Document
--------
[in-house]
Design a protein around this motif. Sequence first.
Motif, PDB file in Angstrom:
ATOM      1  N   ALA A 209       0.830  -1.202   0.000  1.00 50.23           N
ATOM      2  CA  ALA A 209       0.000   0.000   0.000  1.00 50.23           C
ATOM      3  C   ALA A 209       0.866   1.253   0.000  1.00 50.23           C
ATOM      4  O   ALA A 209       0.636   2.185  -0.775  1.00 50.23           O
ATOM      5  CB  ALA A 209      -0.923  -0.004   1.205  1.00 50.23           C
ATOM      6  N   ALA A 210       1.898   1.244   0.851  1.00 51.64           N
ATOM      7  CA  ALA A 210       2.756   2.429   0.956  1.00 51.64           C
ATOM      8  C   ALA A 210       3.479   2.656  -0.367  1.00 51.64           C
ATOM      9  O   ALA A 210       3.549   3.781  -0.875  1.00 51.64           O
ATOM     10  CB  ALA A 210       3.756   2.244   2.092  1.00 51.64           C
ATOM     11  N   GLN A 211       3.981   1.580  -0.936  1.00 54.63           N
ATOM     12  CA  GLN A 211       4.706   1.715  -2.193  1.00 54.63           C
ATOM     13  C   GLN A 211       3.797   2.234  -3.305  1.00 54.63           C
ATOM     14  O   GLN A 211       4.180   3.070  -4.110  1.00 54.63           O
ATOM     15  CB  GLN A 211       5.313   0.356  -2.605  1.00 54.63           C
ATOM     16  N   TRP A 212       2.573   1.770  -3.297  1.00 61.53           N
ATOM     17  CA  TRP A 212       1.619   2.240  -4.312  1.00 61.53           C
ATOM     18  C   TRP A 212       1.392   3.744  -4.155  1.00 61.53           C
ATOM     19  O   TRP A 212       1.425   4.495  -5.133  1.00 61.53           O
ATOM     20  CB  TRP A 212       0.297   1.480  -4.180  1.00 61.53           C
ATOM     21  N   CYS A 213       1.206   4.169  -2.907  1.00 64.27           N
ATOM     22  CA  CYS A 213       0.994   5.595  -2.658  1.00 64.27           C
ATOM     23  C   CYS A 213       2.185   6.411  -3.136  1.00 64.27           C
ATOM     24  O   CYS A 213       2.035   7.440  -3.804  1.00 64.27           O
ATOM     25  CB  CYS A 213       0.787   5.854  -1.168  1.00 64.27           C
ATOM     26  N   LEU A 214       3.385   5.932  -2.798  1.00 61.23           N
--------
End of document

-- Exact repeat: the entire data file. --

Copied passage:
[in-house]
Design a protein around this motif. Sequence first.
Motif, PDB file in Angstrom:
ATOM      1  N   ALA A 209       0.830  -1.202   0.000  1.00 50.23           N
ATOM      2  CA  ALA A 209       0.000   0.000   0.000  1.00 50.23           C
ATOM      3  C   ALA A 209       0.866   1.253   0.000  1.00 50.23           C
ATOM      4  O   ALA A 209       0.636   2.185  -0.775  1.00 50.23           O
ATOM      5  CB  ALA A 209      -0.923  -0.004   1.205  1.00 50.23           C
ATOM      6  N   ALA A 210       1.898   1.244   0.851  1.00 51.64           N
ATOM      7  CA  ALA A 210       2.756   2.429   0.956  1.00 51.64           C
ATOM      8  C   ALA A 210       3.479   2.656  -0.367  1.00 51.64           C
ATOM      9  O   ALA A 210       3.549   3.781  -0.875  1.00 51.64           O
ATOM     10  CB  ALA A 210       3.756   2.244   2.092  1.00 51.64           C
ATOM     11  N   GLN A 211       3.981   1.580  -0.936  1.00 54.63           N
ATOM     12  CA  GLN A 211       4.706   1.715  -2.193  1.00 54.63           C
ATOM     13  C   GLN A 211       3.797   2.234  -3.305  1.00 54.63           C
ATOM     14  O   GLN A 211       4.180   3.070  -4.110  1.00 54.63           O
ATOM     15  CB  GLN A 211       5.313   0.356  -2.605  1.00 54.63           C
ATOM     16  N   TRP A 212       2.573   1.770  -3.297  1.00 61.53           N
ATOM     17  CA  TRP A 212       1.619   2.240  -4.312  1.00 61.53           C
ATOM     18  C   TRP A 212       1.392   3.744  -4.155  1.00 61.53           C
ATOM     19  O   TRP A 212       1.425   4.495  -5.133  1.00 61.53           O
ATOM     20  CB  TRP A 212       0.297   1.480  -4.180  1.00 61.53           C
ATOM     21  N   CYS A 213       1.206   4.169  -2.907  1.00 64.27           N
ATOM     22  CA  CYS A 213       0.994   5.595  -2.658  1.00 64.27           C
ATOM     23  C   CYS A 213       2.185   6.411  -3.136  1.00 64.27           C
ATOM     24  O   CYS A 213       2.035   7.440  -3.804  1.00 64.27           O
ATOM     25  CB  CYS A 213       0.787   5.854  -1.168  1.00 64.27           C
ATOM     26  N   LEU A 214       3.385   5.932  -2.798  1.00 61.23           N